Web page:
Last month, the National Coalition on Health Care released studies that examined the issues of cost, access and quality of health care.
The problems identified in the three studies are:
* Health care costs are increasing at twice the rate of inflation and consuming an increasing share of national spending.
* Despite one of the greatest periods of economic growth in U.S. history, the number of uninsured people continues to increase, with more than 40 million Americans without health care coverage in 1995.
* Millions of Americans suffer and tens of thousands die unnecessarily each year because of medically induced injury or negligence.
An abridged version of the cost study, prepared by Kenneth E. Thorpe, director of Tulane University's Institute for Health Services Research, appears today, and the reports on access and quality of health care will appear in coming weeks.
The National Coalition on Health Care is a nonpartisan organization with 90 members.
While most media attention has focused on the managed care revolution and its apparent success in slowing the growth of health spending, substantially less attention has focused on spending by families.
Families incur several types of health care spending, including payments for health insurance, spending on copayments, deductibles, as well as direct spending on services not covered through their health plans. The magnitude of these expenditures can be substantial, in some cases accounting for 15 to 20 percent of the family budget.
Based on our projections, we expect that the average household will spend about $2,000 on health care during 1997. When adjusting for inflation, this represents an average annual growth of 2.5 percent. What is notable about the overall results is the dominant role assumed by health insurance spending for the typical family. In fact, between 1991 and 1994, the period when large purchasers were actively engaged in cost-containment activities, inflation-adjusted health insurance spending for families increased 6.4 percent a year.
Our analysis indicates that:
* Across all families, direct spending on health insurance increased sharply during the 1990s, rising at an inflation-adjusted rate of 6.4 percent a year.
* The sharp rise in consumer health insurance expenditures was muted by slower growth in spending on medical services and supplies.
These averages mask important variations in direct spending among families during the period. In general, the growth in direct spending was relatively low among lower-income families - those earning less than $20,000 a year - and higher-income families - those earning more than $60,000 a year. In contrast, substantial increases in spending occurred among the middle-income - those earning $20,000 to $60,000 a year.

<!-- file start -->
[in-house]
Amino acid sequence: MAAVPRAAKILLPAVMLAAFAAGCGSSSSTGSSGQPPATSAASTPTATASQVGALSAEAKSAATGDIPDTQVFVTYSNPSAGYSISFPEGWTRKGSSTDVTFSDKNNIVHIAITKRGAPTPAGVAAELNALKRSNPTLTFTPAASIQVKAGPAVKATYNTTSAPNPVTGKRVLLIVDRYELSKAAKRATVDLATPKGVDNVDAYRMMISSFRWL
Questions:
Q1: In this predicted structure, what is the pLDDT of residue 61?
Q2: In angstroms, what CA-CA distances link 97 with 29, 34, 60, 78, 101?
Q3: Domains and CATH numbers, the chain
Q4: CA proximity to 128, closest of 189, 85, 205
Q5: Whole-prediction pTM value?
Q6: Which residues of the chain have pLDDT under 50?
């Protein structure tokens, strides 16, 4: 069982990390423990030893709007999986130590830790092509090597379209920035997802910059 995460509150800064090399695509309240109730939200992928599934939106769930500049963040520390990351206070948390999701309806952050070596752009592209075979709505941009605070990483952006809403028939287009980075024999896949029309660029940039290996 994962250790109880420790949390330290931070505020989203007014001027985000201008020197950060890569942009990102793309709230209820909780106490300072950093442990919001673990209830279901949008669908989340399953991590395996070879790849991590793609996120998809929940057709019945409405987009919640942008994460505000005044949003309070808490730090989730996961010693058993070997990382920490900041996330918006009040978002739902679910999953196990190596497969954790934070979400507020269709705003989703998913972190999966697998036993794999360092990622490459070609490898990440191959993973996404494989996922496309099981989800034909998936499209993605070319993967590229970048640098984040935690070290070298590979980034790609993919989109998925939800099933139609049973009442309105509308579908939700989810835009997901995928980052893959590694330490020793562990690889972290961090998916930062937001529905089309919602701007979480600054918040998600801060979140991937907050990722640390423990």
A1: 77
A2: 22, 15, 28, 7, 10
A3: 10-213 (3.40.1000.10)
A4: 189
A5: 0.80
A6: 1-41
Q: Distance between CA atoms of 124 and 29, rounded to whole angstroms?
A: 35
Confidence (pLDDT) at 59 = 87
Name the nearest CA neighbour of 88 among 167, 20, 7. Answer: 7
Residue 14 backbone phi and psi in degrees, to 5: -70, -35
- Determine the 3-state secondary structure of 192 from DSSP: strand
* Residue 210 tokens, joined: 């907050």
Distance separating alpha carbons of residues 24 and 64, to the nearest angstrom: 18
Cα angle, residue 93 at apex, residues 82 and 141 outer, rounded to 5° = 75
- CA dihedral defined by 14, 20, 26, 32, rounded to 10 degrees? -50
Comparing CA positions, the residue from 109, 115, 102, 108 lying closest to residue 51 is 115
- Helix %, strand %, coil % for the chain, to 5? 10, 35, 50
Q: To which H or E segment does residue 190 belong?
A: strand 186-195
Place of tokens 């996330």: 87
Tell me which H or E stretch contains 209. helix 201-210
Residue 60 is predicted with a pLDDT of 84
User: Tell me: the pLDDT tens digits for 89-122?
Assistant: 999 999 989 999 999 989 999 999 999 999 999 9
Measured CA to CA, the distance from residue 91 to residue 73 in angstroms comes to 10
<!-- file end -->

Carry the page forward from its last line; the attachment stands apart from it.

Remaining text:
When examining the experience of middle-income families during the 1990s, we found these trends:
* After adjusting for inflation, the growth in private health insurance spending increased by a modest amount, 0.6 percent a year between 1993 and 1995. This relatively low rate of growth masked substantial differences in the experiences of two-parent families. Families earning $40,000 to $50,000 saw health insurance payments rise 8.5 percent a year, and families earning $50,000 to $60,000 had an average increase of 5.6 percent. But families earning more than $60,000 faced nearly no growth.
Based on these data, we have projected the average annual growth in health care spending among middle-income families between 1990 and 1997.
Among these families we find:
* The largest increase in consumer expenditures among middle-income wage earners was for families - both single head of household as well as families with both parents at home.
* Even after adjusting for inflation, the average annual growth in consumer spending was 5.5 percent for two-parent families, and nearly 10 percent a year for families with a single parent earning $30,000 to $40,000 a year.
* Middle-income families with two adults and no children experienced a similar, though slightly slower, increase in inflation-adjusted out-of-pocket spending - 5.2 percent a year among families earning $30,000 to $40,000.
Our projections indicate health insurance premiums will rise by TC percent a year for active workers, and nearly 8 percent annually for retirees. Out-of-pocket spending - copayments, deductibles and spending for services not covered by health insurance - will rise 5.5 percent.
In each case, these elements of private health care spending will rise faster than wages and will continue to consume a larger share of total payroll. Last year, health insurance accounted for 8.3 percent of payroll among companies that contributed toward insurance. Based on our projections, health insurance will account for 9 percent of payroll by 2002.